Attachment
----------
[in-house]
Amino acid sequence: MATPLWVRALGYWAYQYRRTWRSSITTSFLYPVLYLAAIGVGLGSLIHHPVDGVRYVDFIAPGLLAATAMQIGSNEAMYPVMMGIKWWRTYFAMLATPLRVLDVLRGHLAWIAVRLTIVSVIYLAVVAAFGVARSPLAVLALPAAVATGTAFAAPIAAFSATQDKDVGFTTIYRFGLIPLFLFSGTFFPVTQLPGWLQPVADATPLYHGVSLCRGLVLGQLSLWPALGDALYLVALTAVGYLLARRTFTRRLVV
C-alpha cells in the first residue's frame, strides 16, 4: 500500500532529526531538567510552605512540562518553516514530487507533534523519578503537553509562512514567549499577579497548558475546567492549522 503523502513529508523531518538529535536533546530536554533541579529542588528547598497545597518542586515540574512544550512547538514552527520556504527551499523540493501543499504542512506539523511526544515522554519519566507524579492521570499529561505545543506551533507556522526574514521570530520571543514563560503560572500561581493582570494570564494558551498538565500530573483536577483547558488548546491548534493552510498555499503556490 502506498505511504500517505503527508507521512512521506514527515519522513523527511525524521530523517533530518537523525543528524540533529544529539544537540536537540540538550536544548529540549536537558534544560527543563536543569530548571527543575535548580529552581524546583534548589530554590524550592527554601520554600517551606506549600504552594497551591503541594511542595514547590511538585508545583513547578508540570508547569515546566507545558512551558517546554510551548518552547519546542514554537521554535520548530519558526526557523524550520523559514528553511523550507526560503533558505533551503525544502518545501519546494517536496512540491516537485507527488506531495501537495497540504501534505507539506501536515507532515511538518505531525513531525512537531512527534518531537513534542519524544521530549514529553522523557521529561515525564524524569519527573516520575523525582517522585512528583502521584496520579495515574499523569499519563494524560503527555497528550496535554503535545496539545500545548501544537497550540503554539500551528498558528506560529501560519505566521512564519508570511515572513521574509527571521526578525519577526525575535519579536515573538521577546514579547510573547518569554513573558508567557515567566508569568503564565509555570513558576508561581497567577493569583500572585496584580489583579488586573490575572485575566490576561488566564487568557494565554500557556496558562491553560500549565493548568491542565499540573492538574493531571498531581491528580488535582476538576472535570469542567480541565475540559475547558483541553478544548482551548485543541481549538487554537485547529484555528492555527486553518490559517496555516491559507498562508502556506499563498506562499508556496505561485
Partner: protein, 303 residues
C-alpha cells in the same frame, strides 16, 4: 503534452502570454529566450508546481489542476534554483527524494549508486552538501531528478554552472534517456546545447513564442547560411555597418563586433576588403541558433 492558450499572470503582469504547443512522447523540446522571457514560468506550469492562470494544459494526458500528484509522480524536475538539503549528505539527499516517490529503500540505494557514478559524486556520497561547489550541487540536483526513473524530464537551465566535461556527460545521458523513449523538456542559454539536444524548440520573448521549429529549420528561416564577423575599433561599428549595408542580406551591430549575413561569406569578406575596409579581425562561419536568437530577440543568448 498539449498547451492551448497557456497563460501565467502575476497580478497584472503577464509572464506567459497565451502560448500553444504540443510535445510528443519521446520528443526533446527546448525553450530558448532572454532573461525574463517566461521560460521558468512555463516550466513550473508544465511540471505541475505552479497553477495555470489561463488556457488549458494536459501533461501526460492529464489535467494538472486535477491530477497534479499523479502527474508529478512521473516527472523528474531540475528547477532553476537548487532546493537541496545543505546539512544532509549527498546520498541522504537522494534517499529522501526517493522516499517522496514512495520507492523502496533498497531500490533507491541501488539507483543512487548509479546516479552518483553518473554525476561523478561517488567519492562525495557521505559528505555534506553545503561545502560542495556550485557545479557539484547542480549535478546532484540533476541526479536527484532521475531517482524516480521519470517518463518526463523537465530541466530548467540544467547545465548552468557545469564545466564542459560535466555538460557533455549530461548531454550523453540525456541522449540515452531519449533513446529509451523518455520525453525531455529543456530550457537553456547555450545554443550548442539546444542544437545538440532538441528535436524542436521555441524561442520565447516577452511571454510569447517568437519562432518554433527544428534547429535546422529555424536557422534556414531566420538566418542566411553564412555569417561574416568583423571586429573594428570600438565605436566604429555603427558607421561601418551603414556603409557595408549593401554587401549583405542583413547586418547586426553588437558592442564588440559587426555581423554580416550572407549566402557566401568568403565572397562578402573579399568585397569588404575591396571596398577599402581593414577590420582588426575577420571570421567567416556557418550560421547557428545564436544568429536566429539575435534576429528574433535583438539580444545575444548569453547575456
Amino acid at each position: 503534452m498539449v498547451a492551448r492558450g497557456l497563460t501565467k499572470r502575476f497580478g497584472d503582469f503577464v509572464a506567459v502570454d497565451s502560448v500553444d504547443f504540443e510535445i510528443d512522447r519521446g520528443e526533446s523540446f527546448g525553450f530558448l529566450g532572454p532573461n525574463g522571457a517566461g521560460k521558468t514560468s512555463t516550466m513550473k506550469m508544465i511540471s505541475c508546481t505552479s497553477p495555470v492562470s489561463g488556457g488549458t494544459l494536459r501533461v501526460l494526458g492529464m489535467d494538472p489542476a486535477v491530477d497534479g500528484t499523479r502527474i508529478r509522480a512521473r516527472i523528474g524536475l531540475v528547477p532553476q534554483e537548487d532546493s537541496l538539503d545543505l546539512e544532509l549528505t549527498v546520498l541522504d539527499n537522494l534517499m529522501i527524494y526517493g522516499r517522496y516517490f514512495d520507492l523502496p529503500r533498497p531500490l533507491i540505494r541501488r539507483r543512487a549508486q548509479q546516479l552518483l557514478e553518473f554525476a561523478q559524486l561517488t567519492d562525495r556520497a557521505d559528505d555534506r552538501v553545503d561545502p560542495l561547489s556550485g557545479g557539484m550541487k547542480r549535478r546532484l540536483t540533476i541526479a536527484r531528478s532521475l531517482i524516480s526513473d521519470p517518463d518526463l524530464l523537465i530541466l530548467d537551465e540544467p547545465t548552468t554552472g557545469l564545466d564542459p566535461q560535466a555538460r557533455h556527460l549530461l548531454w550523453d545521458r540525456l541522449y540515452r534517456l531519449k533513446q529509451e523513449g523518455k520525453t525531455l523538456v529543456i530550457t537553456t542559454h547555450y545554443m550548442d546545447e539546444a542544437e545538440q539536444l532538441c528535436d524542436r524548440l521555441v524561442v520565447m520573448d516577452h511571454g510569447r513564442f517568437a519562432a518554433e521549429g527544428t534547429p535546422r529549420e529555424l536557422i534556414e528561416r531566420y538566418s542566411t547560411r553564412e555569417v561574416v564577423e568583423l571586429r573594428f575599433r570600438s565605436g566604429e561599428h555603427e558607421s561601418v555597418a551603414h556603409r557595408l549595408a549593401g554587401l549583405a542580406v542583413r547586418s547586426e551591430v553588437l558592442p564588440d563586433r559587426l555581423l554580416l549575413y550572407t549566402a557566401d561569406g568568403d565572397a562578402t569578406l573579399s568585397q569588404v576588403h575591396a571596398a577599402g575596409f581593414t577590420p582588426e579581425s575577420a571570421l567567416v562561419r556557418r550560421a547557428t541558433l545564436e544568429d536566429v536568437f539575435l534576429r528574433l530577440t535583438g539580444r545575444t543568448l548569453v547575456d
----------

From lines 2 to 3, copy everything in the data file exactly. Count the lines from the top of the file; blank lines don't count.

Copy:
Amino acid sequence: MATPLWVRALGYWAYQYRRTWRSSITTSFLYPVLYLAAIGVGLGSLIHHPVDGVRYVDFIAPGLLAATAMQIGSNEAMYPVMMGIKWWRTYFAMLATPLRVLDVLRGHLAWIAVRLTIVSVIYLAVVAAFGVARSPLAVLALPAAVATGTAFAAPIAAFSATQDKDVGFTTIYRFGLIPLFLFSGTFFPVTQLPGWLQPVADATPLYHGVSLCRGLVLGQLSLWPALGDALYLVALTAVGYLLARRTFTRRLVV
C-alpha cells in the first residue's frame, strides 16, 4: 500500500532529526531538567510552605512540562518553516514530487507533534523519578503537553509562512514567549499577579497548558475546567492549522 503523502513529508523531518538529535536533546530536554533541579529542588528547598497545597518542586515540574512544550512547538514552527520556504527551499523540493501543499504542512506539523511526544515522554519519566507524579492521570499529561505545543506551533507556522526574514521570530520571543514563560503560572500561581493582570494570564494558551498538565500530573483536577483547558488548546491548534493552510498555499503556490 502506498505511504500517505503527508507521512512521506514527515519522513523527511525524521530523517533530518537523525543528524540533529544529539544537540536537540540538550536544548529540549536537558534544560527543563536543569530548571527543575535548580529552581524546583534548589530554590524550592527554601520554600517551606506549600504552594497551591503541594511542595514547590511538585508545583513547578508540570508547569515546566507545558512551558517546554510551548518552547519546542514554537521554535520548530519558526526557523524550520523559514528553511523550507526560503533558505533551503525544502518545501519546494517536496512540491516537485507527488506531495501537495497540504501534505507539506501536515507532515511538518505531525513531525512537531512527534518531537513534542519524544521530549514529553522523557521529561515525564524524569519527573516520575523525582517522585512528583502521584496520579495515574499523569499519563494524560503527555497528550496535554503535545496539545500545548501544537497550540503554539500551528498558528506560529501560519505566521512564519508570511515572513521574509527571521526578525519577526525575535519579536515573538521577546514579547510573547518569554513573558508567557515567566508569568503564565509555570513558576508561581497567577493569583500572585496584580489583579488586573490575572485575566490576561488566564487568557494565554500557556496558562491553560500549565493548568491542565499540573492538574493531571498531581491528580488535582476538576472535570469542567480541565475540559475547558483541553478544548482551548485543541481549538487554537485547529484555528492555527486553518490559517496555516491559507498562508502556506499563498506562499508556496505561485